Hiromu is one of my favorite characters in Go-Busters, and has been since the first episode. He’s a character who’s smart and is a firm leader, but at the same time can be understanding. In a sense, he’s like the best of both worlds when it comes to red rangers. His character development comes in different ways, such as learning not to be so blunt about things. He also had to confront his fears when it came to chickens, as well as whether or not he could keep his promise to protect others and be the person his parents hoped he would be. His determination and spirit give him some of the best moments on the show. He will do anything and everything to get the job done, which also leads to one other character development that lasts through the second half of the series, that the other characters don’t want him to just sacrifice himself and disappear. They want him to have a future as well. Hiromu was one of the best characters on the show, with the exception of one other character. And in my opinion, is a shining example of a true Red Ranger.


While not the strongest character on the show, Ryuji did have his own charm and character developments. He started off as a father figure/mediator to Hiromu and Yoko, feeling it was his responsibility to solve disputes and take care of the others. He was the only character who wasn’t a child when the incident at Christmas 13/14 years ago occurred, and had to give up on some of his dreams in order to help fight the enemy. As Jin starts appearing on his show (Jin was Ryuji’s former teacher) , he started challenging Ryuji to think about his future. This is the point where Ryuji truly starts doing self-reflection and starts to grow as a character. I think that’s one of the big themes of the show, one of which (at least from the Super Sentai series I’ve watched) hasn’t been addressed that much in Super Sentai shows. What future do each of these characters have? This crisis caused two of the characters to lose their childhoods and become radically different people than they could have been if this story didn’t happen. Ryuji was forced to give up everything he wanted to be. So now, as we approach the end of the show, it will be interesting to see the resolution to this character. What is Ryuji’s future? Will he be the next Jin? That, along with the emotional support he brings to show, makes him a rather interesting character in my book.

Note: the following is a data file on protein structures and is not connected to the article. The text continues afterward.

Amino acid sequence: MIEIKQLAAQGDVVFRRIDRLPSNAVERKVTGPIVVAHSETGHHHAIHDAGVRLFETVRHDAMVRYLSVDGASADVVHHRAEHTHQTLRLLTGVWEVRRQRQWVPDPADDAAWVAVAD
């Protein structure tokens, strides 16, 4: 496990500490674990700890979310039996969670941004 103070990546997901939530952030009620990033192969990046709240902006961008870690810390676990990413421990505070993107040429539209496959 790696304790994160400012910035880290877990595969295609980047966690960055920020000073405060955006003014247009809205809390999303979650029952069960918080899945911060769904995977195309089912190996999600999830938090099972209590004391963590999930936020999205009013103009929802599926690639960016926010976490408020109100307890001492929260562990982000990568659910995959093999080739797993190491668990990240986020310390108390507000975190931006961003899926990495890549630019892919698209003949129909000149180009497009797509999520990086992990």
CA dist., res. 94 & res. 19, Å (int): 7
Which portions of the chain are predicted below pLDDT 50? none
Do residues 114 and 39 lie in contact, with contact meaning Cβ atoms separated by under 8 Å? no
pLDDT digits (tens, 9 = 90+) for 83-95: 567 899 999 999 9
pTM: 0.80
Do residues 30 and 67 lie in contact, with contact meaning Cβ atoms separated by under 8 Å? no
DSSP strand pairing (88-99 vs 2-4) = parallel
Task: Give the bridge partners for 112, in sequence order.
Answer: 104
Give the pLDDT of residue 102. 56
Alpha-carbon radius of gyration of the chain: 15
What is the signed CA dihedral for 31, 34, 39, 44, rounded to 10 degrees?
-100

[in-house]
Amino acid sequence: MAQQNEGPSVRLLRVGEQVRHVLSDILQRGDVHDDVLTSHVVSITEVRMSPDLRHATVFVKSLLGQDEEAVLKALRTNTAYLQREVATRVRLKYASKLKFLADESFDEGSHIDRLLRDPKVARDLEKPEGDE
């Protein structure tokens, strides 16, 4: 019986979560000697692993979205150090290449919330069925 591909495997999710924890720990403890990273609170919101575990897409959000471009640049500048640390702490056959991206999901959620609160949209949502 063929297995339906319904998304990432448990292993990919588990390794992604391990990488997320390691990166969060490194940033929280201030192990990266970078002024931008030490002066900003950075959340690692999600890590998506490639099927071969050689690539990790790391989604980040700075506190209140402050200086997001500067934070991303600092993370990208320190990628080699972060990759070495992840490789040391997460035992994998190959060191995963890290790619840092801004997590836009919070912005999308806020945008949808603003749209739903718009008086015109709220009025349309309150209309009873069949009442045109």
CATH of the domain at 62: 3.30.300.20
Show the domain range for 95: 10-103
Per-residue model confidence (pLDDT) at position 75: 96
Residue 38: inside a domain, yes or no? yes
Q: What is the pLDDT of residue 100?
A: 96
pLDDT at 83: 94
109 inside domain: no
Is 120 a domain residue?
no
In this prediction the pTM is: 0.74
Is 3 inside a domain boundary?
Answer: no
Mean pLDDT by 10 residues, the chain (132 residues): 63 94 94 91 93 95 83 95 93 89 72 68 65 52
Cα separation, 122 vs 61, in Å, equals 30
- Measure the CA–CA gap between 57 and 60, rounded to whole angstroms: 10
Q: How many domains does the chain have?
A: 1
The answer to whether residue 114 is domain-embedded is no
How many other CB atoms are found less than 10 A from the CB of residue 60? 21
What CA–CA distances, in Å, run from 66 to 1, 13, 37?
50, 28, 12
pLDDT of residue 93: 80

Yoko was a hit or miss character to some people. And I get the reason why this was the case. In the beginning she acted too rash and hostile towards Hiromou. She was sometimes conveyed as not exactly the brightest character of the bunch. Some people thought she was annoying. Valid criticisms and I won’t argue with them. That being said, I liked her character. She was the little sister of the group, and honestly, she was the one most affected by the incident 13 years ago at Christmas. Yoko didn’t have a sister like Hiromu (to my knowledge) who lead her away following the crisis. Her mother, the only family she had, disappeared in the incident. Unlike Ryuji, she didn’t grow up and have a life outside of fighting and training. Ryuji had to act as her older brother/parent, as did some of the other characters on the show. That’s a lot to put on a young child, and who knows what kind of person Yoko could have turned out to be if none of this happened. Maybe she could have been raised to take more of an interest in her studies. I think that’s what makes Yoko a fascinating character. Just how much she was affected by the events of the story, and how much she has to evolve to become her own person. Similar to Hiromu and Ryuji, she too has to come to terms with what kind of future she’ll have when this is all over. She’s never been given that chance to think about a future outside of conflict, something that both Hiromu and Ryuji were at least given the chance to do. Yes, she has her flaws, but she can be a very interesting character when you look past them.

Masato Jin and J